However, I think the most interesting part of Gruber's article is in the note at the end. When we say iPhone (as I've done throughout this post), we really mean "iPhone and iPod touch." While lots of people have picked up touches, I tend to still consider the iPhone the vanguard of this situation. And so, while the SDK will also be able to create applications for the iPod touch (even Steve himself relegated it to a PS in his big announcement), the iPhone tends to get all the press.
But I'd like to know what you think, readers. Is it OK for us to say "iPhone" and mean both devices? Should we spend the extra time typing to point out that everything that runs on iPhone runs on the iPod touch? Or should we use them interchangeably-- make "iPod touch" mean both the iPhone and the iPod/iPhone Frankenstein monster that is the touch? What do you think? It's a small issue, sure, but little things can mean a lot.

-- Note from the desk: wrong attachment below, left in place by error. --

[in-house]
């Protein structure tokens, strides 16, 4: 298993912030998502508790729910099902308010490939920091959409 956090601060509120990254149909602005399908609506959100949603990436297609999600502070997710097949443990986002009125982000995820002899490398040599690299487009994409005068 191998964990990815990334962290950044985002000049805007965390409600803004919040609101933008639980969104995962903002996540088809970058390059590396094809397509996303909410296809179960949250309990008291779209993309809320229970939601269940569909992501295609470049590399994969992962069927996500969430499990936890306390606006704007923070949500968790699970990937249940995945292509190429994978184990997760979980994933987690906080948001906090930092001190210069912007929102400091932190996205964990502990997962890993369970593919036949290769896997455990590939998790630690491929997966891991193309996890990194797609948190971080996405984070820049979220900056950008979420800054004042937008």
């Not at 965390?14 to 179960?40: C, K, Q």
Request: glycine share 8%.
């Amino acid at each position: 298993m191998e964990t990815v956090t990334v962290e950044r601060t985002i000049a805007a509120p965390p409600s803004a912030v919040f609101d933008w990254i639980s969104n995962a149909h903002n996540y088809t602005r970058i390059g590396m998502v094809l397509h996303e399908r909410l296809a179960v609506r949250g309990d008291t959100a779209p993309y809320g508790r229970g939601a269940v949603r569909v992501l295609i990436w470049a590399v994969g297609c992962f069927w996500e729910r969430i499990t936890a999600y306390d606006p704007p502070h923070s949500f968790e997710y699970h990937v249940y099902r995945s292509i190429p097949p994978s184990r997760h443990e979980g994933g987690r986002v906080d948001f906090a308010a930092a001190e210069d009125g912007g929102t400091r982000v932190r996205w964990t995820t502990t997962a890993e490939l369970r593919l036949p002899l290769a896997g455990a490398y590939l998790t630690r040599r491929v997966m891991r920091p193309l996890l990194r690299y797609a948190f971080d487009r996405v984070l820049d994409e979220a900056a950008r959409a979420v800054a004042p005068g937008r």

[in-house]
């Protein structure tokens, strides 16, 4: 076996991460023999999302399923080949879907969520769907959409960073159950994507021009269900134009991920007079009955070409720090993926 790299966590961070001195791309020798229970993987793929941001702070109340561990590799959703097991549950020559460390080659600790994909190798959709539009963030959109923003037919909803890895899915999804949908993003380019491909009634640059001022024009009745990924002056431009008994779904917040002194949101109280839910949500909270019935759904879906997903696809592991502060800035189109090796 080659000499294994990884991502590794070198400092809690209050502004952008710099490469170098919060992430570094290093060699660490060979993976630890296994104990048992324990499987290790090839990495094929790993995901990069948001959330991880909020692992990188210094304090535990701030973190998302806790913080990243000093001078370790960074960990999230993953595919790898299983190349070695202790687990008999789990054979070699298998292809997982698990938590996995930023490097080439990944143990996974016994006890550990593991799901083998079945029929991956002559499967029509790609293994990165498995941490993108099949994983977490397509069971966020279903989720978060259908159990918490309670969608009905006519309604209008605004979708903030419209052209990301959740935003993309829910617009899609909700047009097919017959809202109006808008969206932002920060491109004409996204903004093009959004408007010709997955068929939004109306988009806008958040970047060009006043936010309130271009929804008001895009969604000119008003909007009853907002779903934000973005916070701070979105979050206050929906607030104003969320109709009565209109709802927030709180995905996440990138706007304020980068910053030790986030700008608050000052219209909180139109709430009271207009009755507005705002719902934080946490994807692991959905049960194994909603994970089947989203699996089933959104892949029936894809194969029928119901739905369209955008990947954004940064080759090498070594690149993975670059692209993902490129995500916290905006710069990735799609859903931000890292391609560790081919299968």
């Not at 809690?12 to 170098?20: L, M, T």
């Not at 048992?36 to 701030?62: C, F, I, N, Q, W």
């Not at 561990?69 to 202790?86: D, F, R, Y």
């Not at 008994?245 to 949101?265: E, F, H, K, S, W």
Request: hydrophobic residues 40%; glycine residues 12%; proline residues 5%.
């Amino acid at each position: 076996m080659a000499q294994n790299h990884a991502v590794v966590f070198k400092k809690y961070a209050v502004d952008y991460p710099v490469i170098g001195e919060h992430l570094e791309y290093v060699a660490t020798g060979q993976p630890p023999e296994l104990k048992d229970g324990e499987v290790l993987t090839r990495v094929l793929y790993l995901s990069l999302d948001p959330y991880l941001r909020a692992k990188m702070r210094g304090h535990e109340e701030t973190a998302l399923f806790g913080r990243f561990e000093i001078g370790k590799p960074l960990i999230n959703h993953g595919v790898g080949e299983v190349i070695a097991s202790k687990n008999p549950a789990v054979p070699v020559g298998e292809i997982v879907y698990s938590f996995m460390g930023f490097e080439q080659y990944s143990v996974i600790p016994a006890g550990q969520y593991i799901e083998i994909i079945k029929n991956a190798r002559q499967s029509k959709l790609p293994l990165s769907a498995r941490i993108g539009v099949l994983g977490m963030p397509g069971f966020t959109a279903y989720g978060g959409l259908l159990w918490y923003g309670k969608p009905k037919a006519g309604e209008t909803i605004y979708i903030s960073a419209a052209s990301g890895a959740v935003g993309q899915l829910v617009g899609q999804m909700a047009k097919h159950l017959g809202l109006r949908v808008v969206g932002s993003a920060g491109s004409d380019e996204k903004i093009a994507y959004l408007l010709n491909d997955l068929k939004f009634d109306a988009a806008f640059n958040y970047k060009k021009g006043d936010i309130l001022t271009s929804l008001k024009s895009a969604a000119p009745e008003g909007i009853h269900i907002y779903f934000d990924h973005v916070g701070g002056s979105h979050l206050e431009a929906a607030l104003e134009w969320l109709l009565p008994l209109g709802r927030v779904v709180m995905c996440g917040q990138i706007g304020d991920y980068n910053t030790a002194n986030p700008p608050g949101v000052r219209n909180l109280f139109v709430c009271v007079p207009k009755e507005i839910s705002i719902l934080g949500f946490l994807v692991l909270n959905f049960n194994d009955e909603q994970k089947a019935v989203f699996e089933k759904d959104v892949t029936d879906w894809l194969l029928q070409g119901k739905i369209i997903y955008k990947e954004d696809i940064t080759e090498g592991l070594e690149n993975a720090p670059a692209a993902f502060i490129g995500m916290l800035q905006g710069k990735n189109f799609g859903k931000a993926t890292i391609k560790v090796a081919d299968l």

|Just iPhone is fine, we all know what's meant||1266 (45.5%)|
|If it works for both, say both-- iPhone and iPod touch||1247 (44.9%)|
|They're the same, but the iPod touch needs more mentions, so use that instead of iPhone||267 (9.6%)|
- Key specs
- Reviews • 39
- Type Smartphone
- Operating system iOS (8)
- Screen size 4.7 inches
- Internal memory 16 GB
- Camera 8 megapixels
- Dimensions 5.44 x 2.64 x 0.27 in
- Weight 4.55 oz
- Released 2014-09-19